Katy Dowell reports on the CII's attempts to head off internal dissent over its proposed new governance structure

The CII is facing a rebellion from members over proposals to centralise its governance structure. Across the country CII members are concerned that regional hubs' financial budgets may be culled and that the CII's head office in London will dictate how the hubs operate.

The CII says it is not attempting to remove power from its regional bases; rather its moves are an effort to bring some professionalism to its hierarchy. But, with regional presidents keen to hold on to power and maintain local influence, could the CII be about to face its toughest internal fight to date?

In response to complaints about its governance structure the CII commissioned Lord Hunt of Wirral to find methods of revolutionising the institute's internal structure. Lord Hunt recommended that the CII strengthen accountability and increase membership engagement in an attempt to rejuvenate the CII's image as an old boys' club to a body capable of representing its 90,000 members in a skilled manner. But, as with the move from Labour to New Labour, change has provoked criticism.

London bias
There are grumbles in the regions that the CII is verging on becoming too London-centric - an accusation often aimed at Biba as well. "When he came to Glasgow, Peter Hales [current CII president] was gob-smacked by the amount of people who showed up to listen to him. There was a feeling that he had disregarded Scotland as an underprivileged relative of London," says one Scottish insurance source. "There is a feeling that CII strategy is driven from London, and doesn't take into account some very important regional buoyant markets."

Concerns have been raised that regional membership fees could be diverted towards London, and some regional groups could loose funding. "Could these institutes end up missing out on some funds?" asks one CII insider. "It is likely that money will be more carefully looked after, and that could mean that money goes elsewhere."

Unlike Biba and the ABI, the CII is not a lobbying body. Local power bases, although important, are not so important to its London governance structure as some would presume. The CII exists as a training and education establishment, existing to bring an element of professionalism to the industry. Brokers often speak about how, 30 years ago, no one could climb up the company structure without a CII qualification. But, they argue, somewhere along the way this has been lost.

21st-century business
But with corporate governance becoming increasingly important it is not surprising that the CII wants to be more careful with its cash. "[The governance reforms are] all about making sure every penny is tracked properly," says one leading broker. "We shouldn't be making a big thing about it. These things are necessary for a 21st-century business. Why do we need so many local institutes claiming expenses for first-class train tickets?"

Another CII member adds: "There are lots of people trying to get institute funding, but the proposed changes will mean they will no longer be able to get that money so easily. So they won't be able to claim back first-class train tickets to pointless meetings, for example."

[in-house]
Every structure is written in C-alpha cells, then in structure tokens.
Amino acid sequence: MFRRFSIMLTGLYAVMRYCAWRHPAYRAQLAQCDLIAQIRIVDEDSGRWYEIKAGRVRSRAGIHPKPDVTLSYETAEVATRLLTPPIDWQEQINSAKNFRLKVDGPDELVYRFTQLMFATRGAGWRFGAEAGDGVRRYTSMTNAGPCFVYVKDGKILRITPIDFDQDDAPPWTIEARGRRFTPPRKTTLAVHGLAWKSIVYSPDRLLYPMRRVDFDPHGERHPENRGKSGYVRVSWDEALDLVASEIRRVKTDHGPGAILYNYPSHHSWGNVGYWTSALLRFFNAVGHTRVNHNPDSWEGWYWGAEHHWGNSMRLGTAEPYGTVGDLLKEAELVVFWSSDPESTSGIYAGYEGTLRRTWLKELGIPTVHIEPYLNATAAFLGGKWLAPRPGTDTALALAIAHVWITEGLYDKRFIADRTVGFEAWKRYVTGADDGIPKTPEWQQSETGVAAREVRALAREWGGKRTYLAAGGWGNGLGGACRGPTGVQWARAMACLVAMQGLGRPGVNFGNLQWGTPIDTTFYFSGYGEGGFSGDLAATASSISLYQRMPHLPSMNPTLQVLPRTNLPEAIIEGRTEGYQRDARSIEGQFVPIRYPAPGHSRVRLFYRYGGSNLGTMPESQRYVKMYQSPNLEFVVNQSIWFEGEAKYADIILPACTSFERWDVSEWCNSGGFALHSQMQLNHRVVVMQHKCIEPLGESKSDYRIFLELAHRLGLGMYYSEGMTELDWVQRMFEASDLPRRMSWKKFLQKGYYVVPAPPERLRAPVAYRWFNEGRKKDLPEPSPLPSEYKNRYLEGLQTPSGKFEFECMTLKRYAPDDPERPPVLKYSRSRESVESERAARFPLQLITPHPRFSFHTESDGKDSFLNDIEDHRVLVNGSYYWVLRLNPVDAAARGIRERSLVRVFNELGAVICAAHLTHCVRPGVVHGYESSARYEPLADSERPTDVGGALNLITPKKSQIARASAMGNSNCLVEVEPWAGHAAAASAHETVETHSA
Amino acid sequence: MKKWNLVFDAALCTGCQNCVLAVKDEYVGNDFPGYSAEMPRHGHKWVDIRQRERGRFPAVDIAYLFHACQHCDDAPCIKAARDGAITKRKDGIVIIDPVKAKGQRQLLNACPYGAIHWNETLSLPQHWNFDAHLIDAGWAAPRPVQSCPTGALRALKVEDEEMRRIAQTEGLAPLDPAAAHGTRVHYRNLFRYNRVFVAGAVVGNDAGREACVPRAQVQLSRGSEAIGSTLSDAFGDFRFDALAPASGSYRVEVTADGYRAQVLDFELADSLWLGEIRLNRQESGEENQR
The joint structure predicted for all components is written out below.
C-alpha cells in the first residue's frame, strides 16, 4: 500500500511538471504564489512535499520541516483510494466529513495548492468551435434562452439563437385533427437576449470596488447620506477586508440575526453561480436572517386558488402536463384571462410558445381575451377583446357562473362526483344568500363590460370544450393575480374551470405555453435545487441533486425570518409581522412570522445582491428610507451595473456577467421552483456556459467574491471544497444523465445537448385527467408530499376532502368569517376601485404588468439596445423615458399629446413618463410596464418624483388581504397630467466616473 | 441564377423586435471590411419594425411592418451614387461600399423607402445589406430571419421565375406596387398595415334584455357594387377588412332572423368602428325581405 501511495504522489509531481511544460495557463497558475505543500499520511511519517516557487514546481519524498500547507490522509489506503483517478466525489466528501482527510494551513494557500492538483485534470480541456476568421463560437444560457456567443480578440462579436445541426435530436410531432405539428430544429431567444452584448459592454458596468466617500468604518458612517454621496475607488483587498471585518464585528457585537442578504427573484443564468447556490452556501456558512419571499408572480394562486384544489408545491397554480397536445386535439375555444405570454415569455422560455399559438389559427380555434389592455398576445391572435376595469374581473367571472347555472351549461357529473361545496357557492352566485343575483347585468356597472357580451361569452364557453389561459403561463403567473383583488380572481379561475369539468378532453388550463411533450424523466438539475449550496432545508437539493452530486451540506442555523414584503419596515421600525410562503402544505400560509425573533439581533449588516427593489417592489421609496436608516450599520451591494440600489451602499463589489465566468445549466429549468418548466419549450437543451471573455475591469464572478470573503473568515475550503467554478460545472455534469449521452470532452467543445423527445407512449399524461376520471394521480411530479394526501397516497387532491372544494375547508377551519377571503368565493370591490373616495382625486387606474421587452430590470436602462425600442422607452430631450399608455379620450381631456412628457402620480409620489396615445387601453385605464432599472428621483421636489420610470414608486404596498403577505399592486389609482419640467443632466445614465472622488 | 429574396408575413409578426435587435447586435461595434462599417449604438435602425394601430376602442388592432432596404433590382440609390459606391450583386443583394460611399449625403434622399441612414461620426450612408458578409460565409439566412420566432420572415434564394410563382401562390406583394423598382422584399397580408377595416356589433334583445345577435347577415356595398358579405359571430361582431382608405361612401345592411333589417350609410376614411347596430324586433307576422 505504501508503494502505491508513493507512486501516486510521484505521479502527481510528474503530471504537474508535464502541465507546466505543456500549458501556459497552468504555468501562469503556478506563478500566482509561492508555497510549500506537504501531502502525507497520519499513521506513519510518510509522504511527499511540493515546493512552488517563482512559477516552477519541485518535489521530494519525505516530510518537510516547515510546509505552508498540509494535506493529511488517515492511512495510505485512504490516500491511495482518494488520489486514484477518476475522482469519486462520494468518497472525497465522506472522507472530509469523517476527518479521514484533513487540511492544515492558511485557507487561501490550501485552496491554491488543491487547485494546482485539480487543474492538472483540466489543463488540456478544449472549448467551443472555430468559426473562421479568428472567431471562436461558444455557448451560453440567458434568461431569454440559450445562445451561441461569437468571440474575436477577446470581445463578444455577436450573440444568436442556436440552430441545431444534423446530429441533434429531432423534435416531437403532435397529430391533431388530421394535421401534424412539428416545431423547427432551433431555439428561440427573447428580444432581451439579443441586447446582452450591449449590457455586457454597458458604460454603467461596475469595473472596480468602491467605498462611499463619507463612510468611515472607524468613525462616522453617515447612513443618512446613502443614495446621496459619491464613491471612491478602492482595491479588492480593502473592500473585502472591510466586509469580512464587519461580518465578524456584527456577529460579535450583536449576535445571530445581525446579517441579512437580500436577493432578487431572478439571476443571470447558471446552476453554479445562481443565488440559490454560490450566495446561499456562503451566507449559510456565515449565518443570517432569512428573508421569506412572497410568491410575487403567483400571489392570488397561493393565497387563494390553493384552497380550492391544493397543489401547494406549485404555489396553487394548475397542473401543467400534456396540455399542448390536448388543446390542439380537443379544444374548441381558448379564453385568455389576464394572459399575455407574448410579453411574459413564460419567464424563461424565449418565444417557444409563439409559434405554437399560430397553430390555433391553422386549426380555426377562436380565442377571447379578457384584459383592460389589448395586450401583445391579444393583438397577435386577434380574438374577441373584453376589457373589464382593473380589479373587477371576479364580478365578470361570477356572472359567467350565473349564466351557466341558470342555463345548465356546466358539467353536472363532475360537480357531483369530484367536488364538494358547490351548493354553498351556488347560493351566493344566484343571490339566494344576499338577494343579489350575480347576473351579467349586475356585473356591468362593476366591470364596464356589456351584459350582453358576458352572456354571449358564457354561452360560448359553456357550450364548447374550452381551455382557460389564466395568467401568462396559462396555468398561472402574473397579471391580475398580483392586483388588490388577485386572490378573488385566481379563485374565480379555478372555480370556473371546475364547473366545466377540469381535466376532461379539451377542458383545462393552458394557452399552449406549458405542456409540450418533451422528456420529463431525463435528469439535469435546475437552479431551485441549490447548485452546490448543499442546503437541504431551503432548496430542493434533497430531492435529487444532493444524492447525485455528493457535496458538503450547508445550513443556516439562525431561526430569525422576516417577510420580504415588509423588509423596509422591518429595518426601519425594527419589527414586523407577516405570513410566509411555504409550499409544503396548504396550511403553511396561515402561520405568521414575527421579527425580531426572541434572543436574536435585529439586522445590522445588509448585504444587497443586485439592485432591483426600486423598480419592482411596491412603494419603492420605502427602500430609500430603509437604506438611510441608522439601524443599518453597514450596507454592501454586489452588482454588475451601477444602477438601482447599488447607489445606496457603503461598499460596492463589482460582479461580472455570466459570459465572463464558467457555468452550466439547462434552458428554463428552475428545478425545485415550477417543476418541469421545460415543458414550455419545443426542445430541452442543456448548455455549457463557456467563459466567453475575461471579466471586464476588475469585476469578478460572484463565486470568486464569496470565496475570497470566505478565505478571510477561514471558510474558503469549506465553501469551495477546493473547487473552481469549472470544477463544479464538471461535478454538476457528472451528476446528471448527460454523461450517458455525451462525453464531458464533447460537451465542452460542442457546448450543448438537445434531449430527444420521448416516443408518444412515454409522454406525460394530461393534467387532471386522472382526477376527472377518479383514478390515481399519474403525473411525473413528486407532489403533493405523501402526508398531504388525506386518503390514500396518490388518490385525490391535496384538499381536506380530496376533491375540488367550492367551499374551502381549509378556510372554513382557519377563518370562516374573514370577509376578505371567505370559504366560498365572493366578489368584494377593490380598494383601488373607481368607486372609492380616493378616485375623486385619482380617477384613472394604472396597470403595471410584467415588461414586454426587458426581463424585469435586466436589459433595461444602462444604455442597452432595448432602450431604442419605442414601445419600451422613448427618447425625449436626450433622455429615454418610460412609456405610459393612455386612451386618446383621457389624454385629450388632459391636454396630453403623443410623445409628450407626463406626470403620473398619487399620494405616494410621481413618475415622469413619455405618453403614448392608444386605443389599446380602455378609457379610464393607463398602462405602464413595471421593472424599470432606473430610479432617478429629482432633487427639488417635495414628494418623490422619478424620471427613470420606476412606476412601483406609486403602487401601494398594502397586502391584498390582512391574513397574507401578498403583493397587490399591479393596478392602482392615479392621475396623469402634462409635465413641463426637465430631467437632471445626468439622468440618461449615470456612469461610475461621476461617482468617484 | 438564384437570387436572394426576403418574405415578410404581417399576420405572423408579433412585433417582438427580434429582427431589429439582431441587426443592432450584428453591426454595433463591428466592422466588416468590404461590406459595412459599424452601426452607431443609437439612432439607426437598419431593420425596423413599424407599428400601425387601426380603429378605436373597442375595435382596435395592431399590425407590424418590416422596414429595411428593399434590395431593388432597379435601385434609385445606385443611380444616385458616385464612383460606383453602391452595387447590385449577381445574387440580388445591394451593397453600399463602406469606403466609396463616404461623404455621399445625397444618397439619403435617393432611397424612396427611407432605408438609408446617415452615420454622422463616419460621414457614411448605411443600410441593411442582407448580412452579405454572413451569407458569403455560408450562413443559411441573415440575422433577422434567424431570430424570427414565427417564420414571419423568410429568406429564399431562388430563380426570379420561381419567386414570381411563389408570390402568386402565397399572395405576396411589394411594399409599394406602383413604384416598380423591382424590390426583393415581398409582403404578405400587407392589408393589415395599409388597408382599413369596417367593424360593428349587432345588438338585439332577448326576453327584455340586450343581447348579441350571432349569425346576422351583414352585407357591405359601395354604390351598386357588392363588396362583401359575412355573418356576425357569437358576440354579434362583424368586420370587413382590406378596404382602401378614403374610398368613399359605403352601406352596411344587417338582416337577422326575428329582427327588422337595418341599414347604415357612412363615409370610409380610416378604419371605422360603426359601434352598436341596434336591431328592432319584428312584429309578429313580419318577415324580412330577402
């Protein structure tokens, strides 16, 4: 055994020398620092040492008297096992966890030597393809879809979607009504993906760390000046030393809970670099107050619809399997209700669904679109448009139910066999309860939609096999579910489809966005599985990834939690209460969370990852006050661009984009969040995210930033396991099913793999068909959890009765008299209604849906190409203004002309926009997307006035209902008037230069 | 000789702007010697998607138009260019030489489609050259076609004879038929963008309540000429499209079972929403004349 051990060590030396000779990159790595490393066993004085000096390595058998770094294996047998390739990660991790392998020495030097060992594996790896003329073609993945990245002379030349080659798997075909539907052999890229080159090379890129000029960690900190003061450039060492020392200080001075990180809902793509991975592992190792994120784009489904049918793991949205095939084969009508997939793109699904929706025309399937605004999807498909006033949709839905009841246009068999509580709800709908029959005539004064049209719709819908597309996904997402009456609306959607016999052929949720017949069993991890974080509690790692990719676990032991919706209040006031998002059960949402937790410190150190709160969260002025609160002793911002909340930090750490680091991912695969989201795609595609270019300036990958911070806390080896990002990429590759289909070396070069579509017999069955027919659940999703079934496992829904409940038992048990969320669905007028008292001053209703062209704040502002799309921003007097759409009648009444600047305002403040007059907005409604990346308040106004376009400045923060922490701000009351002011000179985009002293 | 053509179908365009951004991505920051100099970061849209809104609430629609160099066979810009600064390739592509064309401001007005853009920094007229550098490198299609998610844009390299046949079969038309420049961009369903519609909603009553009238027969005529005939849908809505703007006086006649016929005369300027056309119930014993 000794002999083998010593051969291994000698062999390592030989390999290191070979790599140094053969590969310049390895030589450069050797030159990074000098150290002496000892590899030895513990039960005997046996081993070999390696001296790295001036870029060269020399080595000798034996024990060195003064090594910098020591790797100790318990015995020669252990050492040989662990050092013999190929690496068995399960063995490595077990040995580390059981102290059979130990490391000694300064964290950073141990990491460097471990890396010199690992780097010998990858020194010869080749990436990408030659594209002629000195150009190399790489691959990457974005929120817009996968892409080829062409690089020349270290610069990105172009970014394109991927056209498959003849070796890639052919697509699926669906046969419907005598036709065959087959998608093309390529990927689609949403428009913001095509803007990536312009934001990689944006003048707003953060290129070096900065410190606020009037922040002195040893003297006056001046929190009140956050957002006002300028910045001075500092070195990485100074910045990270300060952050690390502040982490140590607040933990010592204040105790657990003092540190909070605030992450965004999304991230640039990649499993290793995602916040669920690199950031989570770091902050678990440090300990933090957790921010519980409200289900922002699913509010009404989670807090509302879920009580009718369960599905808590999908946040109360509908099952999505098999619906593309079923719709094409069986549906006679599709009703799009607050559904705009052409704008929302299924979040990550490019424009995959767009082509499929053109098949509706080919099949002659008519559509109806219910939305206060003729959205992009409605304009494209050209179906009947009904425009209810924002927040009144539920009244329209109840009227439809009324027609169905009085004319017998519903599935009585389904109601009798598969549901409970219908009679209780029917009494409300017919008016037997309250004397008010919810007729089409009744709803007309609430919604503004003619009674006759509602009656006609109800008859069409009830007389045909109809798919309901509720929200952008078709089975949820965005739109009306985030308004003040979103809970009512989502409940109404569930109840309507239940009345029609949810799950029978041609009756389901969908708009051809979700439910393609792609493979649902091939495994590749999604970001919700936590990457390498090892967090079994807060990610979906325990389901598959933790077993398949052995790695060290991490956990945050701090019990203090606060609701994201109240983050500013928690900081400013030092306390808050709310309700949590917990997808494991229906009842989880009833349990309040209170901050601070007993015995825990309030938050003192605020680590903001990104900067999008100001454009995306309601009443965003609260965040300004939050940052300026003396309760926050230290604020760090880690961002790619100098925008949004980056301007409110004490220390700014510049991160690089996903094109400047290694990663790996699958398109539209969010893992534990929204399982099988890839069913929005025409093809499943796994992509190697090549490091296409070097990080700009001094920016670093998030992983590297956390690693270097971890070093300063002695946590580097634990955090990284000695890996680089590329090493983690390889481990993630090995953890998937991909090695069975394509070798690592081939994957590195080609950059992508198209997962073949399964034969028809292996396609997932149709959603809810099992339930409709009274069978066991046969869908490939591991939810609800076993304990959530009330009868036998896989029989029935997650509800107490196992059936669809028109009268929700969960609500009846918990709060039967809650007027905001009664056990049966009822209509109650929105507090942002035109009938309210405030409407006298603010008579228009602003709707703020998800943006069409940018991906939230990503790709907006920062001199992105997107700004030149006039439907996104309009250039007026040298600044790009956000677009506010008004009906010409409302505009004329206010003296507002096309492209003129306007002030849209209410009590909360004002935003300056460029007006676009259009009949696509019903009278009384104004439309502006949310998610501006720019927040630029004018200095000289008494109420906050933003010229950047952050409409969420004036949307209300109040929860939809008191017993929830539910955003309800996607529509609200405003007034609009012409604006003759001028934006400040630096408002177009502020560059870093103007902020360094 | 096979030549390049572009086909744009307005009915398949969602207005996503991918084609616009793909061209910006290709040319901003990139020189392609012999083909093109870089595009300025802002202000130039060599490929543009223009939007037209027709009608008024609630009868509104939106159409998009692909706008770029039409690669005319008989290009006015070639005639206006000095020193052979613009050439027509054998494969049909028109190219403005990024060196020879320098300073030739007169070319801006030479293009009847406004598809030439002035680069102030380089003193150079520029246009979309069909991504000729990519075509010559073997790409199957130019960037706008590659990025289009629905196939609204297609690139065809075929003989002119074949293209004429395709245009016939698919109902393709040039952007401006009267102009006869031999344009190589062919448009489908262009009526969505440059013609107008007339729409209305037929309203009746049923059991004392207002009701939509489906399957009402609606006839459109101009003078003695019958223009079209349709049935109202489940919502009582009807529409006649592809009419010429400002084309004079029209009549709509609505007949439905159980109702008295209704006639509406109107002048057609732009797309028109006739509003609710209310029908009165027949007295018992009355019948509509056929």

Furthermore, although funds may be diverted through London, there will also be some re-investment into the regional committees, by way of professional support.

The CII says it will invest in the regional hubs by appointing business development managers who will aim to bring further professionalism to the committees. The intention is that this will help to boost the industry's image while also attracting young professionals to insurance.

Lee Gladwell, group sales and marketing director for the CII, says: "Our main office is in London, but local regions will still play a key role. We will still be a members organisation, but promoting professionalism."

Without professionalism, say sources, the insurance industry will become a sector void of fresh talent.

Those in favour of change believe they will have to become more prominent within the CII hierarchy. One source says: "Those who want change need to stand up and say so. They need to get involved with the CII. At the moment it is only the people who are in favour of the old boys' club that are participating. Scrap the dinner circuit and bring in fresh blood."

Grant Ellis, chief executive of Broker Network, agrees: "People who want to see some changes need to put up some time to help drive that change through."

Removing total power from local bases, say modernists, is "necessary". However, the traditionalists will, undoubtedly, fight back. The CII is to tour the UK in an attempt to persuade its members to support its proposals. Whether the traditionalists will be happy to do so is unclear.

There is no doubt that the CII has to progress, and that the industry needs to adapt to a 21st-century school of thought. However, its attempt to persuade sceptics to adopt a new CII may be tougher than some originally thought. IT

Members' concerns
The CII is becoming too London-centric.

Regional committees could miss out on funding, which will be diverted to London.

The CII's professional qualifications are being watered down.

The CII's response
The CII is to extend its London committees with members from the regions invited to sit on the proposed new council.

The CII says it will invest in regional development managers. It will also more carefully track how money is being spent.

The CII is to ramp up its qualification standards, using regional managers to help local committee's attract young professionals to the industry.